On Saturday, June 11, Tinicum Township hosted a free rain barrel workshop at Tinicum Community Park.

Eleanor Breslin, Tinicum Township’s new supervisor, coordinated the event with assistance from the recently reestablished Environmental Advisory Council (EAC). As supervisor, Breslin brought back the EAC and expressed a desire to increase community participation in conservation efforts. She viewed the workshop as a chance for residents to participate in conservation by saving stormwater and preventing it from picking up pollutants that contaminate local aquifers.

“We can all play a role in helping to address stormwater management.

This workshop is a way for individuals and families to see the big impact of a small step,” said Breslin. “One of the biggest takeaways [from the event] for me as the supervisor of the township is the reinforcement of the fact that residents of Tinicum Township care deeply about the environment.”

Tinicum resident Carolann Kell backed up this sentiment, “I’m 
a big environmentalist and I want to work in Tinicum now that I live here.”

Through the Lower Delaware Wild and Scenic River Mini-Grant program, which provides funding to community projects that protect local watersheds, Tinicum received $2,000 to hold the event. The township also received donations from Coca-Cola and Wehrungs Lumber and Home Center, who provided the barrels and other materials used in the workshop.

Both sessions of the event were full with 16 people on the waitlist, despite initial doubts from Breslin about the popularity of the event.

Rain barrels are plastic barrels that sit below downspouts and collect rainwater that flows from roofs. This prevents the water from picking up pesticides and other residues as it flows into aquifers and conserves it for future use on lawns and gardens.

“Water is everywhere and we want to make sure that the water flowing over the land is good water, flowing nicely and protecting the wildlife living in the land,” said Joan Stelchman, who, along with Cindy Rafferty, was a Penn State Extension Master Watershed Steward at the event. Rafferty explained the value of conserving water, “We’re stopping the flow of stormwater and you can use it during drought periods to water the lawn or flowerbeds. I joke with my husband about how much water we’re saving because the sewer bill is connected to the water bill.”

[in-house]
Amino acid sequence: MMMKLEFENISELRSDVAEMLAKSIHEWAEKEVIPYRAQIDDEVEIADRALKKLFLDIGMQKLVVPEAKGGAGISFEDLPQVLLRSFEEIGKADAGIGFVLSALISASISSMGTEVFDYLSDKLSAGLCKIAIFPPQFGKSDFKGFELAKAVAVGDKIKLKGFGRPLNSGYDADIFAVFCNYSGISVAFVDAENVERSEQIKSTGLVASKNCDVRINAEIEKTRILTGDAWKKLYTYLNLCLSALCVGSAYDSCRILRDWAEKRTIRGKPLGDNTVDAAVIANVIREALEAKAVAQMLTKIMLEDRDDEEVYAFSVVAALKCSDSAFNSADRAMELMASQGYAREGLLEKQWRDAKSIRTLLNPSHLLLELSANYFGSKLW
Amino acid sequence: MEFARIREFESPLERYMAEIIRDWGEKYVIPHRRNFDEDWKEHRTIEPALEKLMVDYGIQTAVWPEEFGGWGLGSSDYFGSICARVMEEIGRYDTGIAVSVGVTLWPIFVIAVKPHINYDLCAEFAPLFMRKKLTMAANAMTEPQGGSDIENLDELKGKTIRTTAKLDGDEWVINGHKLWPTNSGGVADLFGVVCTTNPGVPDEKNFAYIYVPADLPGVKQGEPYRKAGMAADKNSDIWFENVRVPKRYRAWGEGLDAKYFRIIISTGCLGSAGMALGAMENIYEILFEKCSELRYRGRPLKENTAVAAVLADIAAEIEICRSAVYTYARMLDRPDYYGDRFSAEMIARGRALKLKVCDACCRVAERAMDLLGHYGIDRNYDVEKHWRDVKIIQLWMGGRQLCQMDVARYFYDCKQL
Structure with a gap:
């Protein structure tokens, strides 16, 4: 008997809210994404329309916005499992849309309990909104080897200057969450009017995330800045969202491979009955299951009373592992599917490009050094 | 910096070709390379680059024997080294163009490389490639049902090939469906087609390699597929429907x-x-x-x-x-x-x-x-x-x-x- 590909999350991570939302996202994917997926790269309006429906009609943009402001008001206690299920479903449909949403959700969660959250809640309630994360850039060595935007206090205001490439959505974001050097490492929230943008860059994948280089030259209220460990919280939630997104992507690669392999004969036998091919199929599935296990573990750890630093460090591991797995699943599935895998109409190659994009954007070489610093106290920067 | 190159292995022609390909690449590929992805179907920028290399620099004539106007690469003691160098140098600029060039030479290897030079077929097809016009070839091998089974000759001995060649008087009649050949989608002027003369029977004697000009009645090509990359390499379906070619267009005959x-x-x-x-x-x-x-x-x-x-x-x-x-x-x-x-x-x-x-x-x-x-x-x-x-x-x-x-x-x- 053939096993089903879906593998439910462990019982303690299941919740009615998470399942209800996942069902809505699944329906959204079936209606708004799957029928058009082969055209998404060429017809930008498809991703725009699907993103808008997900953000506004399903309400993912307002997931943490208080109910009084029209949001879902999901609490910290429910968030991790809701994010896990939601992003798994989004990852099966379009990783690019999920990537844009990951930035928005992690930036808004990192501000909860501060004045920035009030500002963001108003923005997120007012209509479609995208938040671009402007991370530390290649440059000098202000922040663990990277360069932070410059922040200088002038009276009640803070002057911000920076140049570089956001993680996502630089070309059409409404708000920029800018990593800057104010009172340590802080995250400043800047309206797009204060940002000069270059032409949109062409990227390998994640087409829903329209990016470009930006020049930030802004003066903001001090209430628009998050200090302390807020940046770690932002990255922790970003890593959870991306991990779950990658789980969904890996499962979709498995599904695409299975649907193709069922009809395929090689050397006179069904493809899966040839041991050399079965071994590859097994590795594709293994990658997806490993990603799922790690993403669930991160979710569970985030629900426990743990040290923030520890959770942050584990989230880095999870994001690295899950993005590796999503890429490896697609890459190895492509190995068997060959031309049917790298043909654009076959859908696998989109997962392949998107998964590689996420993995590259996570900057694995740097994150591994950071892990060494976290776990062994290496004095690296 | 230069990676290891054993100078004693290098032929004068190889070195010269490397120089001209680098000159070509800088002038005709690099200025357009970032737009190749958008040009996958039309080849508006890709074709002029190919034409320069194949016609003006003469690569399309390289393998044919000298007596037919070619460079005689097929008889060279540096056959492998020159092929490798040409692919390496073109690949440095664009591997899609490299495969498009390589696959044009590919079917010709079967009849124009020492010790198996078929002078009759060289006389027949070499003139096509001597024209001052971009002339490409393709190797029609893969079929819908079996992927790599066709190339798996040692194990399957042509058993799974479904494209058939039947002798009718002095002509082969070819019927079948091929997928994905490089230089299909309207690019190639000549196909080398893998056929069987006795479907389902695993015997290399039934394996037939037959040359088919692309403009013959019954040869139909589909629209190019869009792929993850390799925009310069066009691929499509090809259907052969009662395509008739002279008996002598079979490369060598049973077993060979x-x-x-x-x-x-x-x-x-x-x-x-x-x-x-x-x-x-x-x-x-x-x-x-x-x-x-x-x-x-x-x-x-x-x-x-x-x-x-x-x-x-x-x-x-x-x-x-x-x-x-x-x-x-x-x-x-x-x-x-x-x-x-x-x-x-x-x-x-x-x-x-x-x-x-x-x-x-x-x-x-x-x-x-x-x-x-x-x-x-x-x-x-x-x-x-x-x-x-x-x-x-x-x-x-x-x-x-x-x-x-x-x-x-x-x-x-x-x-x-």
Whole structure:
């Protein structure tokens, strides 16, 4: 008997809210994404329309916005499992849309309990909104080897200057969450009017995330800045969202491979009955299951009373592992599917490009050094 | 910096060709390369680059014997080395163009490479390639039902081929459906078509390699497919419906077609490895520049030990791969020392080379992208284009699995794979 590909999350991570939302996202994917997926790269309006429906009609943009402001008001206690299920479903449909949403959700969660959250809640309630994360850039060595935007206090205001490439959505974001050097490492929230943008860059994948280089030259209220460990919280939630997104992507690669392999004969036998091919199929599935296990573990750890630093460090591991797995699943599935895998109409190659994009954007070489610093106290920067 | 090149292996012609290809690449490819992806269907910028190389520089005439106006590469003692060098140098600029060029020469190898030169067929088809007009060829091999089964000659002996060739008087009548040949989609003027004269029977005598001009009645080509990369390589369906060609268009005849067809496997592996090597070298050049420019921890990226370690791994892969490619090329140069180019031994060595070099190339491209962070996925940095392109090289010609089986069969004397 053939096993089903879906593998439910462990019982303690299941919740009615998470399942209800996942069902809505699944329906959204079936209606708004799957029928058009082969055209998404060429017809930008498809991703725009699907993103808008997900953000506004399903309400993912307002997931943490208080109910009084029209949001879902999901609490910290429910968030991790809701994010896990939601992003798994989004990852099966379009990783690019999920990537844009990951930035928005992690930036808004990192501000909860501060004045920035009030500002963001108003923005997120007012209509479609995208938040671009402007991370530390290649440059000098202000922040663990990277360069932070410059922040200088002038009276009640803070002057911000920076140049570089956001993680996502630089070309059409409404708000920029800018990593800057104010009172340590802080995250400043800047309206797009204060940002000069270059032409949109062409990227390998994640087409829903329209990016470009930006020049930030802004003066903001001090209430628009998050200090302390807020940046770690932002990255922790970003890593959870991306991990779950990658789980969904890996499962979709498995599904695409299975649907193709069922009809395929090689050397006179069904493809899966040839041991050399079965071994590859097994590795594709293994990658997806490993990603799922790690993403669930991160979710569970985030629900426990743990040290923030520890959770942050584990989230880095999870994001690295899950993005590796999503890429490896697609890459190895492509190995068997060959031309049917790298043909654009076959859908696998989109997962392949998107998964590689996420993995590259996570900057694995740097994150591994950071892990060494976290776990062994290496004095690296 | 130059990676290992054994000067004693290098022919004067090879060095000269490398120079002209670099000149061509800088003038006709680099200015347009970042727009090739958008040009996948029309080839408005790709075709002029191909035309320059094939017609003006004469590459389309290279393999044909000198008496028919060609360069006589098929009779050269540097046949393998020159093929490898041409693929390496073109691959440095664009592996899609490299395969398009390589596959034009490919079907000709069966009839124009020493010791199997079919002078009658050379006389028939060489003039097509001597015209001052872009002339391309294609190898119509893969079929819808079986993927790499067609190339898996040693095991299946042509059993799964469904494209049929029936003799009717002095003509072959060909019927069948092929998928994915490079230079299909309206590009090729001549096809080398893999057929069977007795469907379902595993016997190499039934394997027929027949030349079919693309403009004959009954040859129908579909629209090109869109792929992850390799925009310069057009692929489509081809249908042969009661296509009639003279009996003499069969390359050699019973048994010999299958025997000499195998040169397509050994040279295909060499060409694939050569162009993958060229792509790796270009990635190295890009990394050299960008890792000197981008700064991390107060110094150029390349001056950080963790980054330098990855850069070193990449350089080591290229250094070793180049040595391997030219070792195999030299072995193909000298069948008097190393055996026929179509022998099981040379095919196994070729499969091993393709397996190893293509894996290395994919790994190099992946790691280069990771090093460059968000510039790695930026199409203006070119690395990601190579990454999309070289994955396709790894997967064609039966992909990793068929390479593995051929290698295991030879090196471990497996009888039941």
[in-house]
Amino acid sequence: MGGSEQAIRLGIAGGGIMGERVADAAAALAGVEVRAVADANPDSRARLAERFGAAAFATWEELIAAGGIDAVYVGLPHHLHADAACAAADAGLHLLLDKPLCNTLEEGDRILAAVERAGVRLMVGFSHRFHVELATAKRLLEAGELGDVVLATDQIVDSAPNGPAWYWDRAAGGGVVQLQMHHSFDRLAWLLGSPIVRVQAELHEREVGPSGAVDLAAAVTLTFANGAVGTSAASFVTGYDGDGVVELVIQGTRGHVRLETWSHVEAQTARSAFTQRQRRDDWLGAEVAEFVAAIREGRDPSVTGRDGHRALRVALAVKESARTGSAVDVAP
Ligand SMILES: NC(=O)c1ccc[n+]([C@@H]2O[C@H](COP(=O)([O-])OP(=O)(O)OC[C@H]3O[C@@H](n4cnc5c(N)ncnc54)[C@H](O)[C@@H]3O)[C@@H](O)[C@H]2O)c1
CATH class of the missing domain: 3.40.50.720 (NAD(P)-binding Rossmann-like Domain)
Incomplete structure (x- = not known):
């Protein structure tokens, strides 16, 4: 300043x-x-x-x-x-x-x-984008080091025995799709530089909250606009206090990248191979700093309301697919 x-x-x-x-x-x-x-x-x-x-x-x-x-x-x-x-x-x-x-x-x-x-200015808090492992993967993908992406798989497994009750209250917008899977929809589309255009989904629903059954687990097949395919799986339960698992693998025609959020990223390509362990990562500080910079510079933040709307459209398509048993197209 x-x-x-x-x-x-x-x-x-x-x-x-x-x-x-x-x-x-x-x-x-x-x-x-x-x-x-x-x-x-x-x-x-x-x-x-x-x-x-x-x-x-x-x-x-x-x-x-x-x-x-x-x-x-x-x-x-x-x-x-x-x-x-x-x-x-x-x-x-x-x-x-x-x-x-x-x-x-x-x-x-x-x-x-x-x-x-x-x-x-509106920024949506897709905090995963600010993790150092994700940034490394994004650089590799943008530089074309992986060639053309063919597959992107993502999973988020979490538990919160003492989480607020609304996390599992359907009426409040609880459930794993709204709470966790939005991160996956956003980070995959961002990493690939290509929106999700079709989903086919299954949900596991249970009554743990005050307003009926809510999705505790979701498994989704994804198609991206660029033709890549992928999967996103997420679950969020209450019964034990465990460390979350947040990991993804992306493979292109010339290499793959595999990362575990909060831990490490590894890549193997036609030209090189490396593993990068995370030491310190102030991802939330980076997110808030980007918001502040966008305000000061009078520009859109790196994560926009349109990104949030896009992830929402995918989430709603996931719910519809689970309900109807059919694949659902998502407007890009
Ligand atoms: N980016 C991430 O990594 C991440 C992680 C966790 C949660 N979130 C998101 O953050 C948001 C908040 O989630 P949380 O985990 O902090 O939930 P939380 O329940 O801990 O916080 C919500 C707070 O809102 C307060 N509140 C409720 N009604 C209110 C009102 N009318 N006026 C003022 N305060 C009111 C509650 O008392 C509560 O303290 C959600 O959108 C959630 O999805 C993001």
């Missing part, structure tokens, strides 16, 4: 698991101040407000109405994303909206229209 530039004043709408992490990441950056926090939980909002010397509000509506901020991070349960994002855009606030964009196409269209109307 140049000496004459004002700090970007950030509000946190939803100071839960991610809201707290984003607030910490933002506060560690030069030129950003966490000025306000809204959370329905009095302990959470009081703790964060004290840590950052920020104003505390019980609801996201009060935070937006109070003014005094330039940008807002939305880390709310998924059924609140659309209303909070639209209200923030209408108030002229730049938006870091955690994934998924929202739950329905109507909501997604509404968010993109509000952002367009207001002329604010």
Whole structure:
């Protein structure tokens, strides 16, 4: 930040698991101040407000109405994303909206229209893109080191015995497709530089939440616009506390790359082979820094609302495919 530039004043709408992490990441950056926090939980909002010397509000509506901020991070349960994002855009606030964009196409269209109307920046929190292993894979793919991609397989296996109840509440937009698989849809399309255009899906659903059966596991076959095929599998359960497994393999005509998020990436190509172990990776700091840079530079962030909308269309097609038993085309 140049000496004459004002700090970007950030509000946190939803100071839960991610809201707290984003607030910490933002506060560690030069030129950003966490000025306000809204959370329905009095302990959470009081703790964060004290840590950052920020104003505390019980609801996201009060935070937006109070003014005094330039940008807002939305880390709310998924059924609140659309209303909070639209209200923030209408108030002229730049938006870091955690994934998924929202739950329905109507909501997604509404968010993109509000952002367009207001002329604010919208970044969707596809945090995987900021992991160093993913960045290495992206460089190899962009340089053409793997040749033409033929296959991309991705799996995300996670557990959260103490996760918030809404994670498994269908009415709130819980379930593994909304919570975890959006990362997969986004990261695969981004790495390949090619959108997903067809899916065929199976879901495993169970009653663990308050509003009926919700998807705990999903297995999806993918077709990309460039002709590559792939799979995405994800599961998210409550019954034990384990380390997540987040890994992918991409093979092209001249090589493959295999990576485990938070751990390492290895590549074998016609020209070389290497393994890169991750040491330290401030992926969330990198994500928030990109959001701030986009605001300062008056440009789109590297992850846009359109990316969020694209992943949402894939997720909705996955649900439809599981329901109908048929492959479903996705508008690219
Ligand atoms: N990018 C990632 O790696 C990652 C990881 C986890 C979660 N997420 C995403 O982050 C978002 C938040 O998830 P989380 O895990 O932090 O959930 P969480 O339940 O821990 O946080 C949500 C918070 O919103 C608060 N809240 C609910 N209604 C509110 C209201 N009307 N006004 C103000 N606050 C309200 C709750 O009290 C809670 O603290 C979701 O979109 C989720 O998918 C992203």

The workshop began as participants gathered under the pavilion at Tinicum Community Park, which overlooks an unmowed species habitat, and listened to speeches from Breslin and other members of the EAC explaining the importance of using rain barrels and conservation generally. They were followed by Tim Hayes, the Upper Bucks County field coordinator for Penn Future, who spoke about his organization’s work advocating for environmental legislation at the state level and encouraged the participants to sign a petition supporting House Bills 1901 and 2020 in the Pennsylvania General Assembly, which would collectively allocate $750 million of leftover American Rescue Plan funds to conservation efforts.

The participants were then guided through the process of making their rain barrels by the Master Watershed Stewards. The participants shared a sense of community, with many taking time to help each other with constructing the rain barrels while engaging in conversation.

For Tinicum resident Leslie Carson, the event provided an opportunity to protect the environment enjoyably. “It’s really important to conserve our water resources, especially in this area. It’s precious and we need to save it and not waste it,” said Carson. “Community interaction and to see our friends here was the most fun [part of the event].”

The rain barrel workshop is not the only means through which Tinicum Township has promoted conservation.

Breslin cited the township’s efforts with the Tinicum Conservancy to conserve 5,000 acres of land and the ongoing work of the Bridgetown - Nockamixon - Tinicum Groundwater Committee to evaluate the condition of local groundwater. She added, “We have very highly educated people [in Tinicum] whose life work is to preserve the environment and monitor the effects of climate change.